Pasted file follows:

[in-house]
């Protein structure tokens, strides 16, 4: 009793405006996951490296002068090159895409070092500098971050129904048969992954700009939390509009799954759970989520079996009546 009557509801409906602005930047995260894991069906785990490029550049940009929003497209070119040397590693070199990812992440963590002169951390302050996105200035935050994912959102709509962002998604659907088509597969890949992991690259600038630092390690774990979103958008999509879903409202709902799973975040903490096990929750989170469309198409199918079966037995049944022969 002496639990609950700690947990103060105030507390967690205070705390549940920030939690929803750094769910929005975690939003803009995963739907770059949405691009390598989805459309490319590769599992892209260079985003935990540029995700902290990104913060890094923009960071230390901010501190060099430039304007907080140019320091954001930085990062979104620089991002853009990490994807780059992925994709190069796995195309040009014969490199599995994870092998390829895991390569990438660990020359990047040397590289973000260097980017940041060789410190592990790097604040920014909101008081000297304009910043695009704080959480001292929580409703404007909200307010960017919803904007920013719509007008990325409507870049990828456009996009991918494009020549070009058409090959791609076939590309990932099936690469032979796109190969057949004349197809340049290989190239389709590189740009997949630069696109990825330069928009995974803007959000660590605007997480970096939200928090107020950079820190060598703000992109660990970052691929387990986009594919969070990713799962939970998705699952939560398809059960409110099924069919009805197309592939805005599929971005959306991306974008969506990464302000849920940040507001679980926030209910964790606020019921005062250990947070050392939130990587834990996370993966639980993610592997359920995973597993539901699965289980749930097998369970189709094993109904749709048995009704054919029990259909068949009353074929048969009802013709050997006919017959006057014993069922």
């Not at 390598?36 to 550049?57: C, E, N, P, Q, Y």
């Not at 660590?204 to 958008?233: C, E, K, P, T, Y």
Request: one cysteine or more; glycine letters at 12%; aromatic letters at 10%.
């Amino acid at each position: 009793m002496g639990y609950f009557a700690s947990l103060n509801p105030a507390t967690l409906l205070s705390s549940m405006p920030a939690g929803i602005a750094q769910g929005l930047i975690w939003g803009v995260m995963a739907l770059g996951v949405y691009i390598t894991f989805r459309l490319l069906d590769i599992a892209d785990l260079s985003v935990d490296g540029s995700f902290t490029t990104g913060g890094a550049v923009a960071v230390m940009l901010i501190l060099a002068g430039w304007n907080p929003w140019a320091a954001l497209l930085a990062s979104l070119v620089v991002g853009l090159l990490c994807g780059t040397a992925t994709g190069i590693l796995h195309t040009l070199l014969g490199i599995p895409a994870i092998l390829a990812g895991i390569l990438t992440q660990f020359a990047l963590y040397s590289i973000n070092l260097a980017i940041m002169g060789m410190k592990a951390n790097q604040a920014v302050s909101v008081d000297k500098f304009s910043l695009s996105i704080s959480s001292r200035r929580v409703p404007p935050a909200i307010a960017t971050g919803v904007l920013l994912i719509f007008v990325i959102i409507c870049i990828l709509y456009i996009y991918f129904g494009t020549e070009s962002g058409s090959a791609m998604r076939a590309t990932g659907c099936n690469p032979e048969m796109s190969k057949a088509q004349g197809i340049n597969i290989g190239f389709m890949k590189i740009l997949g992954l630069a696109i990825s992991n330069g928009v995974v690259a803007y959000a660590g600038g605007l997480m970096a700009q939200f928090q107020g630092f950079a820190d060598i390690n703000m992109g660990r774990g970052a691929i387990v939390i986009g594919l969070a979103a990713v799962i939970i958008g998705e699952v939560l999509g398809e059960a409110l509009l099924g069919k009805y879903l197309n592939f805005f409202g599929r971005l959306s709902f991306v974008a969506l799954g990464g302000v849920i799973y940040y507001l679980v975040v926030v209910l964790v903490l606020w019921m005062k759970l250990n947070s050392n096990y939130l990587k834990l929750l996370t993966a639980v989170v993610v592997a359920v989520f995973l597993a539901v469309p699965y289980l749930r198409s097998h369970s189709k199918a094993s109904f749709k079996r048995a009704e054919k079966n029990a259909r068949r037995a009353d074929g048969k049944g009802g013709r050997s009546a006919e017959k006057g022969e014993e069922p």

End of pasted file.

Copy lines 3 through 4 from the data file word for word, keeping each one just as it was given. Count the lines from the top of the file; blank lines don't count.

């Not at 390598?36 to 550049?57: C, E, N, P, Q, Y």
């Not at 660590?204 to 958008?233: C, E, K, P, T, Y």